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At the age of 48, I was diagnosed with incurable breast cancer. Ten months later, I was informed that I had also developed “wasting syndrome.” Over time, this cancer cachexia (as it is medically known) has made life as I knew it unrecognizable.
After starting treatment for breast cancer, I immediately noticed my desire to eat fading each day. It took every ounce of energy to eat because I was exhausted and nothing tasted “normal.”
When I went for treatment in January, my doctor noticed I had lost weight and encouraged me to eat whatever I could. And I did try, but I couldn’t hold down my food.
During treatment in February, I was pulled aside and told that I had developed “wasting syndrome” AKA cancer cachexia. My first thought was, I have WHAT??? At this point, I had gone from 130 lbs to 100 lbs from December to February. Not another thing to think about and fight against!
Eating became a chore. Everything about it was hard — preparing meals, smells, the look of food, tasting it. It felt like I was eating paper. I knew something was drastically wrong because I was a bona fide foodie!
Then, eating hard solids began to hurt my throat and chest so I started a liquid diet. I began to have issues with my teeth. So now, in addition to everything else, I have to see a dentist every 3-4 months for a specialized cleaning so that I don’t lose my teeth! All of the “particulars” that I needed to think of and consider felt like a full time job! How can I do all of this and try to maintain a “regular” lifestyle?
Needless to say, the idea of eating, or should I say not eating, has further made me feel isolated and caused significant anxiety and depression.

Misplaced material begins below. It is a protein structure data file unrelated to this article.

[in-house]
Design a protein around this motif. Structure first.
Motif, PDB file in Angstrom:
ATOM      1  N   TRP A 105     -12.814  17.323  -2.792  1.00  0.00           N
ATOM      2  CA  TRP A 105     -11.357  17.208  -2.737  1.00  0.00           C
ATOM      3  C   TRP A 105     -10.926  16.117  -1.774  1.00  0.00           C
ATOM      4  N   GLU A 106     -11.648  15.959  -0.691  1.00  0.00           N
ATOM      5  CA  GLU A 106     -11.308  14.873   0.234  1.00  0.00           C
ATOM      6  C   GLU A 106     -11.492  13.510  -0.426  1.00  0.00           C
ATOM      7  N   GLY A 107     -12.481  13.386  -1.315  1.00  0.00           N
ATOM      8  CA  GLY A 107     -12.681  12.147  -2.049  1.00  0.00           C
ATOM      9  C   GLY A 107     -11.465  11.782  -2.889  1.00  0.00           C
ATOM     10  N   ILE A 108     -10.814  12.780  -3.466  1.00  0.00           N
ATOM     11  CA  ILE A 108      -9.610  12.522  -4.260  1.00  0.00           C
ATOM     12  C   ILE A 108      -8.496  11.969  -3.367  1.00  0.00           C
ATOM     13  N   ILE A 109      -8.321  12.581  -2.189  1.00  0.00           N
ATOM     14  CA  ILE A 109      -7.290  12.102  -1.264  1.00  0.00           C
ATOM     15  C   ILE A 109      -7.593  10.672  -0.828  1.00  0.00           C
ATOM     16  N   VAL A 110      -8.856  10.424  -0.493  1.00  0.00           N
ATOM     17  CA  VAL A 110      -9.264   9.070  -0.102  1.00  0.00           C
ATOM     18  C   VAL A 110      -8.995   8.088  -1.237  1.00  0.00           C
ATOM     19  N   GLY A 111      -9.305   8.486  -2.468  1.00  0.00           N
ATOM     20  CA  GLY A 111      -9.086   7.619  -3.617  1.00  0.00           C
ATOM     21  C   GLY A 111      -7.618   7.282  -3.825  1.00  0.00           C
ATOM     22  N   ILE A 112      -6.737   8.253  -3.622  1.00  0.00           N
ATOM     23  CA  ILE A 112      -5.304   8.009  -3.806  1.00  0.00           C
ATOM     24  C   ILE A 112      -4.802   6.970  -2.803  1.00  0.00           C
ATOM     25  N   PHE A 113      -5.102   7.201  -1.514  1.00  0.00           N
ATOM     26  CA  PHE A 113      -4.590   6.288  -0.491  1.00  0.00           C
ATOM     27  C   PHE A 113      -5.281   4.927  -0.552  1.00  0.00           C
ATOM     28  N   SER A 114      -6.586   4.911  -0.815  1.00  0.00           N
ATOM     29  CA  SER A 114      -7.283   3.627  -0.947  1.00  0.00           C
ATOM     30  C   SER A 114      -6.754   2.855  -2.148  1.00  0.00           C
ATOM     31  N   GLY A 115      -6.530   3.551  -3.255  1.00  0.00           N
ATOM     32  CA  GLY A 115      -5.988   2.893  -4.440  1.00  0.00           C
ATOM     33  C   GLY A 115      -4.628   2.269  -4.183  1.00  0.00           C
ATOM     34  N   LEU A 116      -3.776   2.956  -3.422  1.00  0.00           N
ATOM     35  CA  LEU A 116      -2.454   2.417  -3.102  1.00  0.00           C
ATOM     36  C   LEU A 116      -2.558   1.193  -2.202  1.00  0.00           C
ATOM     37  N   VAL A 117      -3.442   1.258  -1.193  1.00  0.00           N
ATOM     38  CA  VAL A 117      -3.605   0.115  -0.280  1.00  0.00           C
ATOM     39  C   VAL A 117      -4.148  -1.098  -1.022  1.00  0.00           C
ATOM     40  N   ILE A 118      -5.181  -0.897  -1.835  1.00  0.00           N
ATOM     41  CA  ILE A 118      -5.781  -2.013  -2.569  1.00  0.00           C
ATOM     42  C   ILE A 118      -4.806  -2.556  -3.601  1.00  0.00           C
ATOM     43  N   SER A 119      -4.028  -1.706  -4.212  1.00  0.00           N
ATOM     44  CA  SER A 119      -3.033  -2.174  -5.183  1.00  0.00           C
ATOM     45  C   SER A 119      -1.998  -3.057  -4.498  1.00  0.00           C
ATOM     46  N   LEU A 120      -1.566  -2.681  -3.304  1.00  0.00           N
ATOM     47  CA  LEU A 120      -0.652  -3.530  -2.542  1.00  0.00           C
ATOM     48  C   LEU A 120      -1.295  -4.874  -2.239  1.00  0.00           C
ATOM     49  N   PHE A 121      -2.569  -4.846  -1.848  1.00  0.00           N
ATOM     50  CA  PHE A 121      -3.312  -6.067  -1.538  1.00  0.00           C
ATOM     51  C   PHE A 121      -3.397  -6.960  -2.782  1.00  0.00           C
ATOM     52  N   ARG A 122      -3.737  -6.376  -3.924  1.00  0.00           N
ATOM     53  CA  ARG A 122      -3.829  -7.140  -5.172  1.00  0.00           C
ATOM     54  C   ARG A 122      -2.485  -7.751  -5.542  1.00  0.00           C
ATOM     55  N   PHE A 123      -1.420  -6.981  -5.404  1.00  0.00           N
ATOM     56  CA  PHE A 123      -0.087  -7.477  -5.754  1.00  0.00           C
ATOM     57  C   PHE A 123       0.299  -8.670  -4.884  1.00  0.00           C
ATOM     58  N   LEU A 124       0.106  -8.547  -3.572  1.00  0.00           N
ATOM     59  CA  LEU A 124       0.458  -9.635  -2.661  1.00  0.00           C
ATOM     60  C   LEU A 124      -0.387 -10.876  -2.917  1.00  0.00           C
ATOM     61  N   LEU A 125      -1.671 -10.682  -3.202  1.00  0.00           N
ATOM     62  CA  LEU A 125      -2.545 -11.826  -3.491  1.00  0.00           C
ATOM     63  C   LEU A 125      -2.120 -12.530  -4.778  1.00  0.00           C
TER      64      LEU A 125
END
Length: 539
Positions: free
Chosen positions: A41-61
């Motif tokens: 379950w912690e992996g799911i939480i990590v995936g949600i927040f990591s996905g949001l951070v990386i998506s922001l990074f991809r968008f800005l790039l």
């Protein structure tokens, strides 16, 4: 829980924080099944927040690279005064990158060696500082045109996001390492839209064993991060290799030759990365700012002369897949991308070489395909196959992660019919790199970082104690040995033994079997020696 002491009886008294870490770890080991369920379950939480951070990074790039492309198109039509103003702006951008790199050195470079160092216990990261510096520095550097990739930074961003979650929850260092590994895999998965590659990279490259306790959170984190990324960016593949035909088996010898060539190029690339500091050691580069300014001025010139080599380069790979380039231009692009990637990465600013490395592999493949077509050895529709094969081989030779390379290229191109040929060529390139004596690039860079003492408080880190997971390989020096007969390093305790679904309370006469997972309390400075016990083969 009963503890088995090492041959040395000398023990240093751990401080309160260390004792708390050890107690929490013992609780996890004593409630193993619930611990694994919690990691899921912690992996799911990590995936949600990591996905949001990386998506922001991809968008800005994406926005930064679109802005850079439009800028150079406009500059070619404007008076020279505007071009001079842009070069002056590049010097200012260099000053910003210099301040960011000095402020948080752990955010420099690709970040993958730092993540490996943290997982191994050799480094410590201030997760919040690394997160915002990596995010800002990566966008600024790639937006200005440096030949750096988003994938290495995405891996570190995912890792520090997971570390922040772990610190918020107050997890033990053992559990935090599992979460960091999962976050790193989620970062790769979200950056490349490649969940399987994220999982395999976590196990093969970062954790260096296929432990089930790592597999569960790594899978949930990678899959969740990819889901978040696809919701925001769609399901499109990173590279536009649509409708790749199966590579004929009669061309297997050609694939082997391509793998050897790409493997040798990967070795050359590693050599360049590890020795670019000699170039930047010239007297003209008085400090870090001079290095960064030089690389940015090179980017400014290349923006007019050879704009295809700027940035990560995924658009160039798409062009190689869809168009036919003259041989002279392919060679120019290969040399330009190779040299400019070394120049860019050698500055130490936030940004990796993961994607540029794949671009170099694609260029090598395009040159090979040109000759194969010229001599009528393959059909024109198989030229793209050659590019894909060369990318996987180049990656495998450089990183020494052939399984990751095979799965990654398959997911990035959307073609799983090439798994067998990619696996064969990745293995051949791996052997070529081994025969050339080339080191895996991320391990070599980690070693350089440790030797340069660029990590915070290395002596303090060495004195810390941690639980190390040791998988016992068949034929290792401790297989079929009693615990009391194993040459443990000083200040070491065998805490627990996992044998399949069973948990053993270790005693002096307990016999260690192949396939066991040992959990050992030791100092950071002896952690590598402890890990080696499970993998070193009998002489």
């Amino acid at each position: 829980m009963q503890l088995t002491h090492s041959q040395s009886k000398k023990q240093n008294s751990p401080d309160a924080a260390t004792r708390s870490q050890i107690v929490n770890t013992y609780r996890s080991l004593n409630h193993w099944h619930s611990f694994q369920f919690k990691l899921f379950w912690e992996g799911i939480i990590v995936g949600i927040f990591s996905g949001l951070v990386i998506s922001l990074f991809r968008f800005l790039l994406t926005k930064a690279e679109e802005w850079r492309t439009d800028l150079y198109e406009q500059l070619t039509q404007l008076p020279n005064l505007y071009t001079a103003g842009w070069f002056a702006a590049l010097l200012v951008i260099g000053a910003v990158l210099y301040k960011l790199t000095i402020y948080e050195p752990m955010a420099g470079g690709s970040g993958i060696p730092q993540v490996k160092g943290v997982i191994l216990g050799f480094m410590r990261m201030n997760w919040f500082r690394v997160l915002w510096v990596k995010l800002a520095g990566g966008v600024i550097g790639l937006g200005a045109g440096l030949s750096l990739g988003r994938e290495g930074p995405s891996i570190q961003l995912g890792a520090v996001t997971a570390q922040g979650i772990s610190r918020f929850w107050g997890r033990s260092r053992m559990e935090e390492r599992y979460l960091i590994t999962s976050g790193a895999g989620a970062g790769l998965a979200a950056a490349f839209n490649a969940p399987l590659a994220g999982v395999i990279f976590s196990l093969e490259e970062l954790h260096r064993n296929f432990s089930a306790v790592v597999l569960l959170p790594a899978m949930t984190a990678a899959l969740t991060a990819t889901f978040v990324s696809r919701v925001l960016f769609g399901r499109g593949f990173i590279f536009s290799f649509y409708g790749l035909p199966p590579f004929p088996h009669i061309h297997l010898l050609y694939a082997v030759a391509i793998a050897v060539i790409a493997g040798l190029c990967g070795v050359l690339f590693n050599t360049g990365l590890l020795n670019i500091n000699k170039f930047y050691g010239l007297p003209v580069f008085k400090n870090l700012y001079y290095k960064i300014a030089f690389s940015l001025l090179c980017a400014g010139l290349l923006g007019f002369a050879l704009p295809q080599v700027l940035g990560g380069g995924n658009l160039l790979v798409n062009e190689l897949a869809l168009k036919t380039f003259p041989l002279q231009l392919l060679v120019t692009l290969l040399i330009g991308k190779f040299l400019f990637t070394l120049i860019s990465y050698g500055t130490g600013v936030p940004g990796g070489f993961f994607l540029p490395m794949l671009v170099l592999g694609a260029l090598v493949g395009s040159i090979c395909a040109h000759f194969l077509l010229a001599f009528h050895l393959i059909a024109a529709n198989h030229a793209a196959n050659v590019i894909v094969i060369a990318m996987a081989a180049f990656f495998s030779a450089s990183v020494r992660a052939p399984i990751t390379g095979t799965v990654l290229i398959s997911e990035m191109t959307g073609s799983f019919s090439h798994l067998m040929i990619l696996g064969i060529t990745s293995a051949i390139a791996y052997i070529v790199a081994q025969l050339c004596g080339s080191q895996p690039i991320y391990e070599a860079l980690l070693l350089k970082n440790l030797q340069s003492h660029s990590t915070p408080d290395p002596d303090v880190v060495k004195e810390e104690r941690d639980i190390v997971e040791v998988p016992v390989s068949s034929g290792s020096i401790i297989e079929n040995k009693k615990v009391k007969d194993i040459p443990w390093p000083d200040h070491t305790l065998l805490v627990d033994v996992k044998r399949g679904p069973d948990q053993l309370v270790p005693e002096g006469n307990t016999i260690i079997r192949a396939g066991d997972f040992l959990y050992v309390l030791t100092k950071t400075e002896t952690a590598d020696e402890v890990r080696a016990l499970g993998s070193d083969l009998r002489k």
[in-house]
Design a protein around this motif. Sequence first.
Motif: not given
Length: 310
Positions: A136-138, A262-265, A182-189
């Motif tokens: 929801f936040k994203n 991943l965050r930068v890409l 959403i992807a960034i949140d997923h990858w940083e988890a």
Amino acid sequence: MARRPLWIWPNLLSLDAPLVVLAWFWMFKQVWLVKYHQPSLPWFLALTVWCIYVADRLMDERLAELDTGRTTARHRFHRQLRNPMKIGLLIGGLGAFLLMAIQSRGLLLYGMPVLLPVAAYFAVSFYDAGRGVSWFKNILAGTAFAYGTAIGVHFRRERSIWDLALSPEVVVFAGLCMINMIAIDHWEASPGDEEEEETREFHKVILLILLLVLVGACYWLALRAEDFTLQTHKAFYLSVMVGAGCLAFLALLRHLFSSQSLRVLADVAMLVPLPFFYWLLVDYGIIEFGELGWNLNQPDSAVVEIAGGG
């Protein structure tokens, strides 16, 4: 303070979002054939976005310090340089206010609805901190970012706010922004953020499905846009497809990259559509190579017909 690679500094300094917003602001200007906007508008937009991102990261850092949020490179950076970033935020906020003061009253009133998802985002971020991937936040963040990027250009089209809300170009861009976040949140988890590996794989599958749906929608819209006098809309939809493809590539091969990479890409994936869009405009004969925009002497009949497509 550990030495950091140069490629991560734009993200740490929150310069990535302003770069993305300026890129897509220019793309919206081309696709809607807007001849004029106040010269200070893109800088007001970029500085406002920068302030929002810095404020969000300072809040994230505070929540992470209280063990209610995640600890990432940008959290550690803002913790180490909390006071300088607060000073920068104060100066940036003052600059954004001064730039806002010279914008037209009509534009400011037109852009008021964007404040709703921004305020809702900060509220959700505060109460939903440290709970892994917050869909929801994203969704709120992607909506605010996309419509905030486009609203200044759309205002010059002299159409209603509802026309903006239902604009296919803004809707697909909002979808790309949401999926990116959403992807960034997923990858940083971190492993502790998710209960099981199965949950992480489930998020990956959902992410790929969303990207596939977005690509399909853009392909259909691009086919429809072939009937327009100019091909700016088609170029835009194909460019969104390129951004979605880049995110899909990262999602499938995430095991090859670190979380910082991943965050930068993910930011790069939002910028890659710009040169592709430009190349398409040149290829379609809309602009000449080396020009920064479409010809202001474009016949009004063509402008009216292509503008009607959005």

Socially, things are totally different. I’ve lost friends, the career that I knew, and some of the activities that I love most, which are traveling and community service. We don’t go out much because I’m tired and not comfortable doing the things I used to do.
I hit my rock bottom in March 2021 when I got down to 94lbs from 130 lbs in less than four months.
My biggest fear is the impact that cachexia will have on my overall cancer diagnosis. I wonder about having complications to my illness, dying, leaving my husband, my family and friends, but I’ve realized that I can’t focus on that. My focus is on healing and ensuring that I eat so that my treatment will work! I refuse to give up and I’m determined to rebuild my “new” life!
I am the beneficiary of medical advances that have extended my life and continue to provide options for me to manage my cancer. I am eternally grateful and would ask scientists to continue to do whatever you can to develop potential medicines that can help with the physical and mental changes experienced with cachexia.
Sponsored by Pfizer
Dear Scientist, cachexia has made my cancer even more difficult. Is it possible to treat its physical and mental effects?
Rochelle shares how cachexia has impacted her life with a scientist working on potential treatments for the condition.